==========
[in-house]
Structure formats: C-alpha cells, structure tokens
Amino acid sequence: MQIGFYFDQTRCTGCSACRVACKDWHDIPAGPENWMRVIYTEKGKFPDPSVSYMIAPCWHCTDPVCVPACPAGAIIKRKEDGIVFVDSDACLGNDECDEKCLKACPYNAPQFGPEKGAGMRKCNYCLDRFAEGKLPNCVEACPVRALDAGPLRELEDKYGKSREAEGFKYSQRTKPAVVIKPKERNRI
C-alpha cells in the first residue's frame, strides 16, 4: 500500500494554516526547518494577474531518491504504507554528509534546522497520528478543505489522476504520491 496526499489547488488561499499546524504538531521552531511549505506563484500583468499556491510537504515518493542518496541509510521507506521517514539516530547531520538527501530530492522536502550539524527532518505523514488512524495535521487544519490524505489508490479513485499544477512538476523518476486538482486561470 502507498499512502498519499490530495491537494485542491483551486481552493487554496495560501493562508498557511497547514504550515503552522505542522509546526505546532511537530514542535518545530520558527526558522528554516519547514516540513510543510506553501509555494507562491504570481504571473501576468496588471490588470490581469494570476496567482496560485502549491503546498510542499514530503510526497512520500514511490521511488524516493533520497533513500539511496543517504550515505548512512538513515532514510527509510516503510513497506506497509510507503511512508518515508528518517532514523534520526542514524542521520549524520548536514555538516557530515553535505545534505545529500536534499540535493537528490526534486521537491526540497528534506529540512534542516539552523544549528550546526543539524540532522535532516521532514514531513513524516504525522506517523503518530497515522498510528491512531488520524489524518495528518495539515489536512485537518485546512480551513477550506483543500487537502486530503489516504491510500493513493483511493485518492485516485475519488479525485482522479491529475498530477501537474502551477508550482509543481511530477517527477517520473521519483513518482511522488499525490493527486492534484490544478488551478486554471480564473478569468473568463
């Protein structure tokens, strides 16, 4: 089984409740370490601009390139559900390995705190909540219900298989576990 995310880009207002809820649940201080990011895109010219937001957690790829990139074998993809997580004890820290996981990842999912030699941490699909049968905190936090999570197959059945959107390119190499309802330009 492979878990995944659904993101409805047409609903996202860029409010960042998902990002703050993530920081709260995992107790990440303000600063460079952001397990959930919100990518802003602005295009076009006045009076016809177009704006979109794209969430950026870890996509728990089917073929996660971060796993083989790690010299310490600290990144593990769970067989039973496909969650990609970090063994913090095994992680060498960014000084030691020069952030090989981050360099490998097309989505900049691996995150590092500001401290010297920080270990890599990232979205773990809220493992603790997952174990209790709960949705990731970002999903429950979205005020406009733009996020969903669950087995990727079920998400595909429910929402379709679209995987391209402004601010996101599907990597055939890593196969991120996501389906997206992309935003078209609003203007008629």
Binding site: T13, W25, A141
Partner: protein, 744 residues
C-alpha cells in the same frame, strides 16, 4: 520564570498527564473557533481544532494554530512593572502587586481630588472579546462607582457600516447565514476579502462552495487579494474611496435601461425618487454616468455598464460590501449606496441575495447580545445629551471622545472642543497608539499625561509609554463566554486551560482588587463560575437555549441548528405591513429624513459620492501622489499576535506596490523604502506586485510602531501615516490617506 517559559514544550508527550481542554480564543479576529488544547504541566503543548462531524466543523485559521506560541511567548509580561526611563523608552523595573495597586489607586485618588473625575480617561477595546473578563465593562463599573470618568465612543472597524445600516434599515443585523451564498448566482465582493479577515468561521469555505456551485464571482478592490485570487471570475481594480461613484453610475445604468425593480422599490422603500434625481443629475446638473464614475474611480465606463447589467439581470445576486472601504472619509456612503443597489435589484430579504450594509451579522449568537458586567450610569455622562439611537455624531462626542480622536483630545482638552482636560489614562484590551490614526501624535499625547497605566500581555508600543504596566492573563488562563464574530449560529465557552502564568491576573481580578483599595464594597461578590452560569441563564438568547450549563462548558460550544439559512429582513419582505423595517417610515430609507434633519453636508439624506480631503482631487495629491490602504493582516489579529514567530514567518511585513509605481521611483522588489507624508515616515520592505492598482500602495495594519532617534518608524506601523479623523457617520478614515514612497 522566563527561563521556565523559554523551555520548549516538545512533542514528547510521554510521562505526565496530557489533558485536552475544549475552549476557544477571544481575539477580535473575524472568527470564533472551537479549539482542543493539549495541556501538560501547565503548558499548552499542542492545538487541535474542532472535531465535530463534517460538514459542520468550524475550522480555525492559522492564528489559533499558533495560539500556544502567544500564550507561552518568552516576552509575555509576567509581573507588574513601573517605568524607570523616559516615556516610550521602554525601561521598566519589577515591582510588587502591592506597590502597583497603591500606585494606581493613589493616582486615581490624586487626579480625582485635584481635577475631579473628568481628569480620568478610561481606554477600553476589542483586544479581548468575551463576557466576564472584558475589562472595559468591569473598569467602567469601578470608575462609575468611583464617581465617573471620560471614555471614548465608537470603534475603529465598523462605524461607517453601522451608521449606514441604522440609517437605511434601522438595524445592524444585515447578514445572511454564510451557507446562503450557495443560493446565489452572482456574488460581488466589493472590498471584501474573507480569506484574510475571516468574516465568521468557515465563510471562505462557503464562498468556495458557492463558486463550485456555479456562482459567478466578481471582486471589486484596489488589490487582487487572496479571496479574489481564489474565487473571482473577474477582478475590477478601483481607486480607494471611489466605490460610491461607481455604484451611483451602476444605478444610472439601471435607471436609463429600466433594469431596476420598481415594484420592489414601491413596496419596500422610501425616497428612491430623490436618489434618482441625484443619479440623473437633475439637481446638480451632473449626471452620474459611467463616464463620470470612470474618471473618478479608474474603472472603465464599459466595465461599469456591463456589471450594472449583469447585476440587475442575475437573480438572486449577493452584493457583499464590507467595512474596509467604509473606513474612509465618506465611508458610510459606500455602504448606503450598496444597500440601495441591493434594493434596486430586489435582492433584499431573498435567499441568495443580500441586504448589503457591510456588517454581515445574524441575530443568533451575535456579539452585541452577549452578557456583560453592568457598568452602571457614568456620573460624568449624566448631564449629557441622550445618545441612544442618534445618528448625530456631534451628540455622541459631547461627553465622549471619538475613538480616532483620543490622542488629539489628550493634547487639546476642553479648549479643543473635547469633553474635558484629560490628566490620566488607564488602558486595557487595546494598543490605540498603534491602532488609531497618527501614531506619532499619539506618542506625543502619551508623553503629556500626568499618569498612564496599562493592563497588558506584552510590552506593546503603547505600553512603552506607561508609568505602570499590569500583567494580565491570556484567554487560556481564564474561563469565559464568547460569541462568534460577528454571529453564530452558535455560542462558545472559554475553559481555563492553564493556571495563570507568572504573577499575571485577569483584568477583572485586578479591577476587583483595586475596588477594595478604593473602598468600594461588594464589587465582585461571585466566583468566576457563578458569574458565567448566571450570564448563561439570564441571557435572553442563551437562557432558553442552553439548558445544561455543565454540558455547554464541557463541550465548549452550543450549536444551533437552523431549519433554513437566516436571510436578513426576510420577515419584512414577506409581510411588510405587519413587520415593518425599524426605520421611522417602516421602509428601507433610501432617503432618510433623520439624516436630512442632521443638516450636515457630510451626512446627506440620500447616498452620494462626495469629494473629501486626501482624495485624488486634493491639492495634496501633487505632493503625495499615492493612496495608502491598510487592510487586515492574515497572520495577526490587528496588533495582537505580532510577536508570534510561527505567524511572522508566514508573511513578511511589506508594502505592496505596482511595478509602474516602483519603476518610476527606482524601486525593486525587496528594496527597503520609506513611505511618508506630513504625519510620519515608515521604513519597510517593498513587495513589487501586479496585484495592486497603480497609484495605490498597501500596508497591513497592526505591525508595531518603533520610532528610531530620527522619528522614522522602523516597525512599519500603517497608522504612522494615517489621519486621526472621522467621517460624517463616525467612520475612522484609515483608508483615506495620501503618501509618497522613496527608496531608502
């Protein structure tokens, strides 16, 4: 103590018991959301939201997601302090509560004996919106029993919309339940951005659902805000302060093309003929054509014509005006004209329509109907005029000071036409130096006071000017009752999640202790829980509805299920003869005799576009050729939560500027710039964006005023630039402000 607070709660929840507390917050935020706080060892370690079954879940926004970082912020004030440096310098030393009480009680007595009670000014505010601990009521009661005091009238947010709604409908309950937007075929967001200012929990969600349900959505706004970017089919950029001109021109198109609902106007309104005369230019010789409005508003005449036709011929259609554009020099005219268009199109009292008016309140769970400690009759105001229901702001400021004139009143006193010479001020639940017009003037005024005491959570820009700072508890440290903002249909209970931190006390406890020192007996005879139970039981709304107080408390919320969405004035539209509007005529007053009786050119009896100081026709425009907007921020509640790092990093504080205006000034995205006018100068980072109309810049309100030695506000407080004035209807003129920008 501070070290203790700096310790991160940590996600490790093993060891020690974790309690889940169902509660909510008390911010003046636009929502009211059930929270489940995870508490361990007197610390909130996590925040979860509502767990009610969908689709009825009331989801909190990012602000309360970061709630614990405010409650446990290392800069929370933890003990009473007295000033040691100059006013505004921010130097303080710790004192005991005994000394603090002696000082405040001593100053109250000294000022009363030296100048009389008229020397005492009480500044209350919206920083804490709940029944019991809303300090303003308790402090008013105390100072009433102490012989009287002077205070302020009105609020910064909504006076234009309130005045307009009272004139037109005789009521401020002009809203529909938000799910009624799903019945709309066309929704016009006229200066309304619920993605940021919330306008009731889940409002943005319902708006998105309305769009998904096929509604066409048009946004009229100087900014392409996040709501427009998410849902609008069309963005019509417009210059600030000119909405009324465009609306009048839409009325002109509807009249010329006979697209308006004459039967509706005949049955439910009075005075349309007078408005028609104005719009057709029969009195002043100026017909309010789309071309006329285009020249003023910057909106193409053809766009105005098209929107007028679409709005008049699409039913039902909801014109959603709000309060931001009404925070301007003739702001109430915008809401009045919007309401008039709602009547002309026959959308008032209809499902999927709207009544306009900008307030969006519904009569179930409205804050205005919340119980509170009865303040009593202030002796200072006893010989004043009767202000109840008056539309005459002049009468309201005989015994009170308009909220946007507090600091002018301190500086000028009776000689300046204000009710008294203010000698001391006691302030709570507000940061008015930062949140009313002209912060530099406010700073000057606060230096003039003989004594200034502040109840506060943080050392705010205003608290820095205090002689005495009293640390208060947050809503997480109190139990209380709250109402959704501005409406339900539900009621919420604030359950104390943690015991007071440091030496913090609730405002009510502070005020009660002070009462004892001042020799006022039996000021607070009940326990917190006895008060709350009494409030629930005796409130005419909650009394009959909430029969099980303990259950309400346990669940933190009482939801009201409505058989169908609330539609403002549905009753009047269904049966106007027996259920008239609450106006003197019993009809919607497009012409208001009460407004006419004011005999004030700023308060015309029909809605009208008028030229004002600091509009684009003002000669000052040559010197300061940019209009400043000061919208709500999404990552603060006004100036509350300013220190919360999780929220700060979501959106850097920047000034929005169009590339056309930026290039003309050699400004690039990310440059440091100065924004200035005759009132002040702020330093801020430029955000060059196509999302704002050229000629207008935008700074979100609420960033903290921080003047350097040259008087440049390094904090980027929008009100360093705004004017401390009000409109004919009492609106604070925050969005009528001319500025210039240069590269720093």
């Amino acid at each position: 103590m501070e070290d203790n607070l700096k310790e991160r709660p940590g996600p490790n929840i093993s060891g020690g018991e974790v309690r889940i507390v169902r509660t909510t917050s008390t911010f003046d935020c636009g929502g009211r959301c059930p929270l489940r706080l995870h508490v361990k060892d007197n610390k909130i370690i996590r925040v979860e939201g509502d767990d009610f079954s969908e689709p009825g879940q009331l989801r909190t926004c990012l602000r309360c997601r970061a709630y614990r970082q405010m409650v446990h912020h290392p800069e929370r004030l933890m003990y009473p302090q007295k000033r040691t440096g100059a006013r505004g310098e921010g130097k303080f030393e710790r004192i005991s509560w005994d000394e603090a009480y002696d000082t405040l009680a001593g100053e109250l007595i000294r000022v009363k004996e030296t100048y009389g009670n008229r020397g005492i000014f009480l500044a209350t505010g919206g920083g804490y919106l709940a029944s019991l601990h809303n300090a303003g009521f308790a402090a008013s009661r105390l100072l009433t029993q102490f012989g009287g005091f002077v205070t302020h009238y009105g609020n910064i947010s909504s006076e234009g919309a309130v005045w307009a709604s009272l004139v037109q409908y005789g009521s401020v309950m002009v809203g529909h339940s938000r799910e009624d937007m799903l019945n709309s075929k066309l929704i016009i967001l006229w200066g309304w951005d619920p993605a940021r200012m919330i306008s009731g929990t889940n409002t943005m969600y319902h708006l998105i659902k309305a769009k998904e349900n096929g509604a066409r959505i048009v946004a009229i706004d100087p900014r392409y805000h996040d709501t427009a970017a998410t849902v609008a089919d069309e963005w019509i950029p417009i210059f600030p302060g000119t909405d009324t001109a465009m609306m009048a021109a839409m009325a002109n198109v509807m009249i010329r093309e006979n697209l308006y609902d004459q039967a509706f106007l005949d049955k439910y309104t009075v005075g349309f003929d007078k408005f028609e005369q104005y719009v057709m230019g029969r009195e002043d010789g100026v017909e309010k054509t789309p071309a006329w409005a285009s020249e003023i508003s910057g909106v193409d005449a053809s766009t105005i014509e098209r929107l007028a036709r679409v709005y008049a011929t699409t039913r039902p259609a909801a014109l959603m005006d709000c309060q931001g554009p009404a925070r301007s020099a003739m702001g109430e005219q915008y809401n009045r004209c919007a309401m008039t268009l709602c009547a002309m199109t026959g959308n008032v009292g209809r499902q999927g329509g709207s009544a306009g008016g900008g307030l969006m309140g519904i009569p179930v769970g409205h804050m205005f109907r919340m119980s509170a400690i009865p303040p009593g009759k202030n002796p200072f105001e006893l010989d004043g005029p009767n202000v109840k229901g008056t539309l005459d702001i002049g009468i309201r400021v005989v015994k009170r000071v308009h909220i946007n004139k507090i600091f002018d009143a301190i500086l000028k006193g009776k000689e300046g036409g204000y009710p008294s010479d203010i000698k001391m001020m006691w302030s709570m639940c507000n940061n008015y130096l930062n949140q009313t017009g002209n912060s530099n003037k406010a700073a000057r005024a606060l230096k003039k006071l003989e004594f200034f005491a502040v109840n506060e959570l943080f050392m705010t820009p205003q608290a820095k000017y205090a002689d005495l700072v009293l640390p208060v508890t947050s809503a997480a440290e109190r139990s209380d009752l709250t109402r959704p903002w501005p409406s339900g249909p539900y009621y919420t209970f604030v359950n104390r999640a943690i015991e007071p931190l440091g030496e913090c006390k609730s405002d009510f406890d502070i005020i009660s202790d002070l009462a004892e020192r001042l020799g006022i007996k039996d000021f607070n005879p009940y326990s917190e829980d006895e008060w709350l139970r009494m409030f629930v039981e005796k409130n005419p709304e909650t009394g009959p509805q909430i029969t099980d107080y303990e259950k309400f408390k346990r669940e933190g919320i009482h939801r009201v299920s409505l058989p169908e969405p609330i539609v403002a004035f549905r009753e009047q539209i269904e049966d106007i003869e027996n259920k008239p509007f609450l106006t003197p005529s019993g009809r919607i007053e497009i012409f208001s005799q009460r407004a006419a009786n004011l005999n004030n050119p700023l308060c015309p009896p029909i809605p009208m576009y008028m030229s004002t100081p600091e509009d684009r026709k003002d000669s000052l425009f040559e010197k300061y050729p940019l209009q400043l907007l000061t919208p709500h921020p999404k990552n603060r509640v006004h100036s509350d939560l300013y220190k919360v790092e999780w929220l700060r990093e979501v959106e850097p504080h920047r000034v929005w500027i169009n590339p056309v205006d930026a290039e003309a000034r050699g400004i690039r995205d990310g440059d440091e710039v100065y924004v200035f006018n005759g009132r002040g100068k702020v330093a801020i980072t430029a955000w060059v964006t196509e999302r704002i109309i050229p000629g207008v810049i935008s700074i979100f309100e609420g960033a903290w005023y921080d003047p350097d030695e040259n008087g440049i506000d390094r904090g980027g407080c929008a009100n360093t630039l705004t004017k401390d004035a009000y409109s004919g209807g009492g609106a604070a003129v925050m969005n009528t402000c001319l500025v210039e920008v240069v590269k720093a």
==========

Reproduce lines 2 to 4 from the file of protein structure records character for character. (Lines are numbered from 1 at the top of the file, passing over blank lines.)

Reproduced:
Structure formats: C-alpha cells, structure tokens
Amino acid sequence: MQIGFYFDQTRCTGCSACRVACKDWHDIPAGPENWMRVIYTEKGKFPDPSVSYMIAPCWHCTDPVCVPACPAGAIIKRKEDGIVFVDSDACLGNDECDEKCLKACPYNAPQFGPEKGAGMRKCNYCLDRFAEGKLPNCVEACPVRALDAGPLRELEDKYGKSREAEGFKYSQRTKPAVVIKPKERNRI
C-alpha cells in the first residue's frame, strides 16, 4: 500500500494554516526547518494577474531518491504504507554528509534546522497520528478543505489522476504520491 496526499489547488488561499499546524504538531521552531511549505506563484500583468499556491510537504515518493542518496541509510521507506521517514539516530547531520538527501530530492522536502550539524527532518505523514488512524495535521487544519490524505489508490479513485499544477512538476523518476486538482486561470 502507498499512502498519499490530495491537494485542491483551486481552493487554496495560501493562508498557511497547514504550515503552522505542522509546526505546532511537530514542535518545530520558527526558522528554516519547514516540513510543510506553501509555494507562491504570481504571473501576468496588471490588470490581469494570476496567482496560485502549491503546498510542499514530503510526497512520500514511490521511488524516493533520497533513500539511496543517504550515505548512512538513515532514510527509510516503510513497506506497509510507503511512508518515508528518517532514523534520526542514524542521520549524520548536514555538516557530515553535505545534505545529500536534499540535493537528490526534486521537491526540497528534506529540512534542516539552523544549528550546526543539524540532522535532516521532514514531513513524516504525522506517523503518530497515522498510528491512531488520524489524518495528518495539515489536512485537518485546512480551513477550506483543500487537502486530503489516504491510500493513493483511493485518492485516485475519488479525485482522479491529475498530477501537474502551477508550482509543481511530477517527477517520473521519483513518482511522488499525490493527486492534484490544478488551478486554471480564473478569468473568463